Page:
Since your hopes are not being relized in your current circumstances, maybe life is getting stired up in a way that will, in the end, help you see those hopes come to pass. Keep us posted…when you are going through hell, don’t go it alone!

  25. Lt. C. K. Zamek

    Your latest post brings back memories of a period in time when my child was a stranger to me. I always loved her but it was not easy to like her then.
    The hard work that brought back the sweetness and sharp insight of the little girl I loved and liked as a youngster has turned into the fine woman I am proud to claim as my daughter today. Her mother, I know, would be ever so proud of her, too.

    Sorry it took some rough bumps in the road before the path smoothed out.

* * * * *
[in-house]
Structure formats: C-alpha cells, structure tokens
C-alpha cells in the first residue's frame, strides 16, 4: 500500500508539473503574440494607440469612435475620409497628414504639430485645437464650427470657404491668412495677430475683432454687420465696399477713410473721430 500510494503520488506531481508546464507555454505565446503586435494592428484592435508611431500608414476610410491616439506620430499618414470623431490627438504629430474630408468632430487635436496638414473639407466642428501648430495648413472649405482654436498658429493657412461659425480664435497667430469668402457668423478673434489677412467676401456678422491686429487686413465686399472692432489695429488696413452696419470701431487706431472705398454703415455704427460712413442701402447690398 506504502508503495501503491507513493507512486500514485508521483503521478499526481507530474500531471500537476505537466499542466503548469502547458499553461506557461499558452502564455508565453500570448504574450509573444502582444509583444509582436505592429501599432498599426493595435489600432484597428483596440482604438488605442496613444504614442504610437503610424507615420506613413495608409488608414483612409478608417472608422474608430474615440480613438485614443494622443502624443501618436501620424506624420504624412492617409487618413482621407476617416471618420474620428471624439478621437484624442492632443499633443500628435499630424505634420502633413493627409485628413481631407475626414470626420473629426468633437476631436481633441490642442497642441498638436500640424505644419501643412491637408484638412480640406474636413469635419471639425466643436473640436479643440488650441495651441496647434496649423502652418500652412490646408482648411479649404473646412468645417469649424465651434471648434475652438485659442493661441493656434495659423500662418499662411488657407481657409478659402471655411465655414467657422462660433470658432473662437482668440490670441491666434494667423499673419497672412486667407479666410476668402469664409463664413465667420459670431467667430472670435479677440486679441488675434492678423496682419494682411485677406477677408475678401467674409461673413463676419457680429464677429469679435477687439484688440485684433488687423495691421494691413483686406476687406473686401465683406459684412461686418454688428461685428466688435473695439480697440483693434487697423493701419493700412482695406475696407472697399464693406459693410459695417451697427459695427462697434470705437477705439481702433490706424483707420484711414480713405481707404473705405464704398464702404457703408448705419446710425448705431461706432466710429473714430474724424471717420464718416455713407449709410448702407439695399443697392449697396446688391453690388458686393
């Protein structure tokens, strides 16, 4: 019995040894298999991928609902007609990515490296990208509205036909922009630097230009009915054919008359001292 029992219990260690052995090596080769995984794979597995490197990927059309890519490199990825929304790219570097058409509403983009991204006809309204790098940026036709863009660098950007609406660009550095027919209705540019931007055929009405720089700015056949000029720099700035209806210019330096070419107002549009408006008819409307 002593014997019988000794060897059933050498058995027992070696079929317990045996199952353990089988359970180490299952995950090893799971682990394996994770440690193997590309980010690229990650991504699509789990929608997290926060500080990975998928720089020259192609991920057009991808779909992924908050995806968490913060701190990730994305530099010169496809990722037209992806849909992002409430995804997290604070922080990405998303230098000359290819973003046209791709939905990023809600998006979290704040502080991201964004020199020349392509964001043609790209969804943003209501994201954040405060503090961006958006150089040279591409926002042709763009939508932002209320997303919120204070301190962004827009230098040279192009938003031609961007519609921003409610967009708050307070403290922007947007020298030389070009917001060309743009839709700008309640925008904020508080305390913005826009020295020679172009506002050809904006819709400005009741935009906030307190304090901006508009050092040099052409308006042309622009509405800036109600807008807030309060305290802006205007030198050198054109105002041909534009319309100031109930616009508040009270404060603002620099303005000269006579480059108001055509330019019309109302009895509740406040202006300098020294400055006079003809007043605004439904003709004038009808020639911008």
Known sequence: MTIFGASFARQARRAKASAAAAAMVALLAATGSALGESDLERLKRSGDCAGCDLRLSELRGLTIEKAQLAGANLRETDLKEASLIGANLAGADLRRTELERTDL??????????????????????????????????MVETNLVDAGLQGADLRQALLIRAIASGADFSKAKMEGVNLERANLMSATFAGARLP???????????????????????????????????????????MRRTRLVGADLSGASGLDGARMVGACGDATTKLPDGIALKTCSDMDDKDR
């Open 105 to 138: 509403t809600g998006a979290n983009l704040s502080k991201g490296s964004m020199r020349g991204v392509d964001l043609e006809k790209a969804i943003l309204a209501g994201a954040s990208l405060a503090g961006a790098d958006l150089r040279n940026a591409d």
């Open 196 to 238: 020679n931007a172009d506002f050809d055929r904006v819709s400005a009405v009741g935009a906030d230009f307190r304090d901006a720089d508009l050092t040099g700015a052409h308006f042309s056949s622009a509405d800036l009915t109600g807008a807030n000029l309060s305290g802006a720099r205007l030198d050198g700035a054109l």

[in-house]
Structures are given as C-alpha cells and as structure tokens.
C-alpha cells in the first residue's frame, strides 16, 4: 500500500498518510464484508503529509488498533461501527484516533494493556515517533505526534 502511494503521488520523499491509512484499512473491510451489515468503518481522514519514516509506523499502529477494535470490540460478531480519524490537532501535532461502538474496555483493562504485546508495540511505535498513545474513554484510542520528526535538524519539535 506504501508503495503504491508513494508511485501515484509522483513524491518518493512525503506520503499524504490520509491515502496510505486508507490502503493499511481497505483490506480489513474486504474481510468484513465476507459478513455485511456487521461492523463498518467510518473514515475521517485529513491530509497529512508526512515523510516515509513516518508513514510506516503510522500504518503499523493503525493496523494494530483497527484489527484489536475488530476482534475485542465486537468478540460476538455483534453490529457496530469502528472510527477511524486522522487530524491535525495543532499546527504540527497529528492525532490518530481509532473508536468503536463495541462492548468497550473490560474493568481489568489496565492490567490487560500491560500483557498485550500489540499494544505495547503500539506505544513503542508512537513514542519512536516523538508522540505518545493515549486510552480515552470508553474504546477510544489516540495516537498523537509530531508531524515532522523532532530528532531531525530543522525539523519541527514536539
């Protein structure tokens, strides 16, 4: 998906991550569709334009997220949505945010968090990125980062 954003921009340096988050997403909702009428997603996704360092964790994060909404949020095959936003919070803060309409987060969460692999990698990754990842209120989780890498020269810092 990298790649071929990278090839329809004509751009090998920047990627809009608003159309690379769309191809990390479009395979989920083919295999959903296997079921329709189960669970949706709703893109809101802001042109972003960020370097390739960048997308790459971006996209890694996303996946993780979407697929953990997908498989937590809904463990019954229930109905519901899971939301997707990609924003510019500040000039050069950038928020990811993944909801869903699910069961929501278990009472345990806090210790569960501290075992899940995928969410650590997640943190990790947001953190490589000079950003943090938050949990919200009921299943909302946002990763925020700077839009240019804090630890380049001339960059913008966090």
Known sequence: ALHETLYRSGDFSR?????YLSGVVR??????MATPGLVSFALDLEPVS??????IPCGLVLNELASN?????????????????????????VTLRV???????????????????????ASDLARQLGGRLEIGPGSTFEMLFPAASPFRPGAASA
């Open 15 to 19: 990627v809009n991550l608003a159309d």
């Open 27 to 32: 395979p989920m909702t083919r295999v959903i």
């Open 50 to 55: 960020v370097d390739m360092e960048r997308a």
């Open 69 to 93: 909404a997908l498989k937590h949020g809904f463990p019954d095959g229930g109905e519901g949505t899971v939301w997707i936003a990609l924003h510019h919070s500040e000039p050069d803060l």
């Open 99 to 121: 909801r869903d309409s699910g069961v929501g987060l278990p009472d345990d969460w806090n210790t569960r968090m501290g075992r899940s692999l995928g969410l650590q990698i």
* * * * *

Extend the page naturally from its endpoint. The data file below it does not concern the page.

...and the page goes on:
Lt. C. K. Zamek (aka Dad)
    Waterford Fire Department

  26. Rachel, there is something so bracing and loving and comforting about your writing – this story really made my day, especially the part about your dog and your dad!

  27. Hi Rachel – –

    I just heard the quote “If you are going through hell, keep going” on a TV show and did a quick search….and this led me to you and your touching story.

    All I can say is hang in there and look to support throught your family, friends and faith (some have all, some do not).

    My brother and his wife had a house fire many years ago, and I was one of the first ones there to help out. I know what it must have looked and smelled like. He too….was a victim of suspicion but the fire started in the garage due to some very old wiring.

    Again, hang in there….the sun will come up tomorrow….and it is the same for everyone.